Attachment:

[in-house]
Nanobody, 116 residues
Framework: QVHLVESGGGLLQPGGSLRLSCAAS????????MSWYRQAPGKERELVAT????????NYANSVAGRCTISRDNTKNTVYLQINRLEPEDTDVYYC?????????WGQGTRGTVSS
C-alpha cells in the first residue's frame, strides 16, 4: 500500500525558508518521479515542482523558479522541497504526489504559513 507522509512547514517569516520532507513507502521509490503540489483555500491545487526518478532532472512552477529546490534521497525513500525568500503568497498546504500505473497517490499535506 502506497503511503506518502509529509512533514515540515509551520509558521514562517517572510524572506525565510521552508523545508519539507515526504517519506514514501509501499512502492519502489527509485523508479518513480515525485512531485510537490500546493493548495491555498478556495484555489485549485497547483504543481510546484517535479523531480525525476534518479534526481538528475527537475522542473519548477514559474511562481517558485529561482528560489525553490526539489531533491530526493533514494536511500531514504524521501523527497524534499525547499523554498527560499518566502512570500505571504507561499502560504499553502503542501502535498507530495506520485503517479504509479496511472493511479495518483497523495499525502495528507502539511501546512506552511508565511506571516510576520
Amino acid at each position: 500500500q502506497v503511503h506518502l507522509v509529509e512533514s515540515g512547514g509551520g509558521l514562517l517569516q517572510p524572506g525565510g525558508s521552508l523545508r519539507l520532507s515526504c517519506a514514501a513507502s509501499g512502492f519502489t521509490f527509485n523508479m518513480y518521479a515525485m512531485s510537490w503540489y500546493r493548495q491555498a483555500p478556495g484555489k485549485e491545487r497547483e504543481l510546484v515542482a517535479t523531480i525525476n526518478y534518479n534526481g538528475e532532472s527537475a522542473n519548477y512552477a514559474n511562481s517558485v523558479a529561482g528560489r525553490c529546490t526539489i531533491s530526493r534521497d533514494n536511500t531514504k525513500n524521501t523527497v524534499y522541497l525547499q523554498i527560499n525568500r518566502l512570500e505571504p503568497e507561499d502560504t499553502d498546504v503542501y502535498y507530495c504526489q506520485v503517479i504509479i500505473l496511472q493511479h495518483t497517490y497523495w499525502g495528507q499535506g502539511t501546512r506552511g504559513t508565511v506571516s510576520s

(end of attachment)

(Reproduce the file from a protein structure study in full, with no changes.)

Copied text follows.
[in-house]
Nanobody, 116 residues
Framework: QVHLVESGGGLLQPGGSLRLSCAAS????????MSWYRQAPGKERELVAT????????NYANSVAGRCTISRDNTKNTVYLQINRLEPEDTDVYYC?????????WGQGTRGTVSS
C-alpha cells in the first residue's frame, strides 16, 4: 500500500525558508518521479515542482523558479522541497504526489504559513 507522509512547514517569516520532507513507502521509490503540489483555500491545487526518478532532472512552477529546490534521497525513500525568500503568497498546504500505473497517490499535506 502506497503511503506518502509529509512533514515540515509551520509558521514562517517572510524572506525565510521552508523545508519539507515526504517519506514514501509501499512502492519502489527509485523508479518513480515525485512531485510537490500546493493548495491555498478556495484555489485549485497547483504543481510546484517535479523531480525525476534518479534526481538528475527537475522542473519548477514559474511562481517558485529561482528560489525553490526539489531533491530526493533514494536511500531514504524521501523527497524534499525547499523554498527560499518566502512570500505571504507561499502560504499553502503542501502535498507530495506520485503517479504509479496511472493511479495518483497523495499525502495528507502539511501546512506552511508565511506571516510576520
Amino acid at each position: 500500500q502506497v503511503h506518502l507522509v509529509e512533514s515540515g512547514g509551520g509558521l514562517l517569516q517572510p524572506g525565510g525558508s521552508l523545508r519539507l520532507s515526504c517519506a514514501a513507502s509501499g512502492f519502489t521509490f527509485n523508479m518513480y518521479a515525485m512531485s510537490w503540489y500546493r493548495q491555498a483555500p478556495g484555489k485549485e491545487r497547483e504543481l510546484v515542482a517535479t523531480i525525476n526518478y534518479n534526481g538528475e532532472s527537475a522542473n519548477y512552477a514559474n511562481s517558485v523558479a529561482g528560489r525553490c529546490t526539489i531533491s530526493r534521497d533514494n536511500t531514504k525513500n524521501t523527497v524534499y522541497l525547499q523554498i527560499n525568500r518566502l512570500e505571504p503568497e507561499d502560504t499553502d498546504v503542501y502535498y507530495c504526489q506520485v503517479i504509479i500505473l496511472q493511479h495518483t497517490y497523495w499525502g495528507q499535506g502539511t501546512r506552511g504559513t508565511v506571516s510576520s